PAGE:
Help! I Disagree with the School Evaluation

by | Last updated Jan 25, 2021

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What do I do if I disagree with the school evaluation?
Families are often faced with a tough decision after an evaluation at school when things did NOT go as expected. Here are few reasons that might happen:

  • They don’t get it: Sometimes, the parents feel that the school just did not really ‘get it’ in terms of understanding their child’s needs. 
  • Child didn’t qualify: Other times, it may be that the child did not qualify for services that the family believes should be provided. 
  • Services don’t look right: Another situation could be that the child qualified but the services do not seem appropriate for the child’s needs. 

Let’s start with autism because we know this one best. 

The school said he has autism, but I don’t think he does. It is sometimes the case that a parent will walk away from a school evaluation thinking, “well, that’s a surprise.” Maybe the school would like to identify your child under the ASD category for services and you do not agree. 

First, the school can NOT diagnose nor rule out autism.

I’ll say that again. Regardless of the school’s decision regarding eligibility under the ASD label, the school can NOT decide whether or not your child actually has it. This info is often very confusing to families. 

Here, we have one of those issues where “the devil is in the details.” 

Yes, schools evaluate for autism. But, no they do not diagnose. If the school ‘suspects’ your child may have autism AND that the autism is interfering significantly with educational benefit, they are supposed to  conduct an evaluation.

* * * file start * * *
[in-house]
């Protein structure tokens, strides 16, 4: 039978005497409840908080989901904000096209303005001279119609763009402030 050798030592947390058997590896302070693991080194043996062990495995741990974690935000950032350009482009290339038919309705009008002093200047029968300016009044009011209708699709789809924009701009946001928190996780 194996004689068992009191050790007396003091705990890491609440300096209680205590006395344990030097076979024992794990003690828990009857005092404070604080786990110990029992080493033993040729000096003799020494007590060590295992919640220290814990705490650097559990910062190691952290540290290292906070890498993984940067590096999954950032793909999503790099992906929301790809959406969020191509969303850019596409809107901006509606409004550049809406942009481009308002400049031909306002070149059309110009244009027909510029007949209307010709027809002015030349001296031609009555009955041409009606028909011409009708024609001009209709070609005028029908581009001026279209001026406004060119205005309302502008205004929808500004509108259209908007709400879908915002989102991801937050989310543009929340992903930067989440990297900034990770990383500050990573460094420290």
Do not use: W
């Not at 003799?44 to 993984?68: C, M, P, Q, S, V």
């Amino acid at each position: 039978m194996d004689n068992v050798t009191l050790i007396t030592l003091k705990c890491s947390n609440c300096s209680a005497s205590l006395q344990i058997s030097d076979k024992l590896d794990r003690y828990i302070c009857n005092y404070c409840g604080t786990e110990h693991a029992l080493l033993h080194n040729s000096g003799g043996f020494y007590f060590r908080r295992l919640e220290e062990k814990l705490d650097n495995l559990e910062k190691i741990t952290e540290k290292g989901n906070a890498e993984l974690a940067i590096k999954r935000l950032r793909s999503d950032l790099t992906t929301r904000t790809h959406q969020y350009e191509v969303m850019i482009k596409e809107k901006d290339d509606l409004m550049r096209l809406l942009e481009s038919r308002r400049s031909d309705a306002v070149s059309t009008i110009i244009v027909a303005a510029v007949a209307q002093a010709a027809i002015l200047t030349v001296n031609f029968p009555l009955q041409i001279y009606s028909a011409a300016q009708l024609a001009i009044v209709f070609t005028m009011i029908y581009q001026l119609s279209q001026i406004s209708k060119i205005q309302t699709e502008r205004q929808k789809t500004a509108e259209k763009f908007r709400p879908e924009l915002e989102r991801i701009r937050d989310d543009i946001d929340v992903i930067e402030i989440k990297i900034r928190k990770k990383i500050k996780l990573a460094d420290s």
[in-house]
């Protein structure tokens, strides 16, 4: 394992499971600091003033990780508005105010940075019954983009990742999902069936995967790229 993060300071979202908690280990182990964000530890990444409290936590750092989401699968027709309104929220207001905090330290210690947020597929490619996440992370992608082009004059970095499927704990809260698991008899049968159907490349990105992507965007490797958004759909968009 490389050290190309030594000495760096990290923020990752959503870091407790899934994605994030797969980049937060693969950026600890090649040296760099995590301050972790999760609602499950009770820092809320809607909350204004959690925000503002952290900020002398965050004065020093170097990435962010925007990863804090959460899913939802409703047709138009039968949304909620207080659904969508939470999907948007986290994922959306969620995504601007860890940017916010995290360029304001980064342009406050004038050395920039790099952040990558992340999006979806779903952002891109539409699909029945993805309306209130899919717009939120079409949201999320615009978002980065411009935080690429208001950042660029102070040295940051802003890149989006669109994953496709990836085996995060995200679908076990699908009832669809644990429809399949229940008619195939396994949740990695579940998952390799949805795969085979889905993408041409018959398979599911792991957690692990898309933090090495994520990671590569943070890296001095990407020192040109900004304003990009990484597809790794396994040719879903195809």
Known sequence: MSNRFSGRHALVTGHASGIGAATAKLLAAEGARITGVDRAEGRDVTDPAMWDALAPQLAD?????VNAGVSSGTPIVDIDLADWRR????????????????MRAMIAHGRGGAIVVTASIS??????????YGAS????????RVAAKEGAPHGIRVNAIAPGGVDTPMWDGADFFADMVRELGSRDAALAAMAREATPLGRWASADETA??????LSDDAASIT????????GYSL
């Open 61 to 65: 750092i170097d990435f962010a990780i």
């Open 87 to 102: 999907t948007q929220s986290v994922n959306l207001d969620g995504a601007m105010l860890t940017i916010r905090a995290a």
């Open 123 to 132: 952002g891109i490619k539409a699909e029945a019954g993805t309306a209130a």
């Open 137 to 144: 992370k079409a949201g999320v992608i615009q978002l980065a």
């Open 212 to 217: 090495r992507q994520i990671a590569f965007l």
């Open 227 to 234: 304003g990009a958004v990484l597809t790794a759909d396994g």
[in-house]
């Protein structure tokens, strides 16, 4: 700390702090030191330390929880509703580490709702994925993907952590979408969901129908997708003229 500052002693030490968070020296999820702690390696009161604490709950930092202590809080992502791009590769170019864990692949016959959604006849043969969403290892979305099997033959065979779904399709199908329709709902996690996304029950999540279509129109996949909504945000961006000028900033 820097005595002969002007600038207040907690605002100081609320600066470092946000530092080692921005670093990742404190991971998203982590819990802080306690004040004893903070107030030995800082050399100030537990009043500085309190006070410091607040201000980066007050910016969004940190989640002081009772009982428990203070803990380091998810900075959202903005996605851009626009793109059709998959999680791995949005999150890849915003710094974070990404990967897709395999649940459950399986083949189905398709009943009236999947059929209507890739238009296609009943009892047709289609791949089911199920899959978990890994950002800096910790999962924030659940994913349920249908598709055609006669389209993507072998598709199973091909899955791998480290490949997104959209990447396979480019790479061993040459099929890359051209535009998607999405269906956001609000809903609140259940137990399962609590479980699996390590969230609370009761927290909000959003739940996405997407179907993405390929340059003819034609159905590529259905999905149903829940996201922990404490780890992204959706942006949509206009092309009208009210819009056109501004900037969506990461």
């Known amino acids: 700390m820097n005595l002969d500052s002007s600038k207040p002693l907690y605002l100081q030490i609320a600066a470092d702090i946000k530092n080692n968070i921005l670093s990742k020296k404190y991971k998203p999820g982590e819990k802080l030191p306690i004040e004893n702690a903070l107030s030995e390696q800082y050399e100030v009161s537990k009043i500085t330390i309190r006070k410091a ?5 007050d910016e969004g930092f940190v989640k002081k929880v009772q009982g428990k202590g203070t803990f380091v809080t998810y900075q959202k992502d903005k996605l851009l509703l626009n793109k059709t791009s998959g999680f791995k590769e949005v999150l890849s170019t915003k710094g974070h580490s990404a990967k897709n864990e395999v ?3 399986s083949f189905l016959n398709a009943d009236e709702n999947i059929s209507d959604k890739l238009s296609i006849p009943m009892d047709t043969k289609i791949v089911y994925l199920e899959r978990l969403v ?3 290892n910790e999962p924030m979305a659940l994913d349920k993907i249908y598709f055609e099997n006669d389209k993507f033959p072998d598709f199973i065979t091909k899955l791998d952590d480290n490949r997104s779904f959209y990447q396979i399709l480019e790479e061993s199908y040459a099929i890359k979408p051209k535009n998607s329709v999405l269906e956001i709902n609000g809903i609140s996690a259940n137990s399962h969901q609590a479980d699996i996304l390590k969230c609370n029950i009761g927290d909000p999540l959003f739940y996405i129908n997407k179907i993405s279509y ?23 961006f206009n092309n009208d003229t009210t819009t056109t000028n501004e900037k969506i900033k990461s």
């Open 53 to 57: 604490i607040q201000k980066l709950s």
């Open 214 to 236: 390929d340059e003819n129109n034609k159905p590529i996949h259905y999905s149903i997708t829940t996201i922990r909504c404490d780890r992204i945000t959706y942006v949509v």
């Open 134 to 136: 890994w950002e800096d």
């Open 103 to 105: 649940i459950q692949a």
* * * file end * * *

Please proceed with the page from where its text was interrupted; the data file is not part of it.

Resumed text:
At the end of the day, all they can say is whether or not your child qualifies for services under autism. That’s it. 

If the parents disagree with an eligibility decision* at an IEP** meeting, there are a few things you can do. 

  1. Disagree at the meeting. This is the most expedient approach. When you attend the eligibility meeting for your child, remember you are on the team. Best practice is that “parents are on the team and at the table.” So, when you attend the eligibility meeting, you can simply state, “I do not agree with the autism label (or the results). Is there any other area where my child may still qualify?” Typically, the school will now go through a process to look at other eligibility categories***. For example, some kids with related challenges will qualify under ‘Other Health Impaired’ (OHI) or Specific Learning Disability (SLD), or Speech and Language (Articulation, or Language Disorder(s)).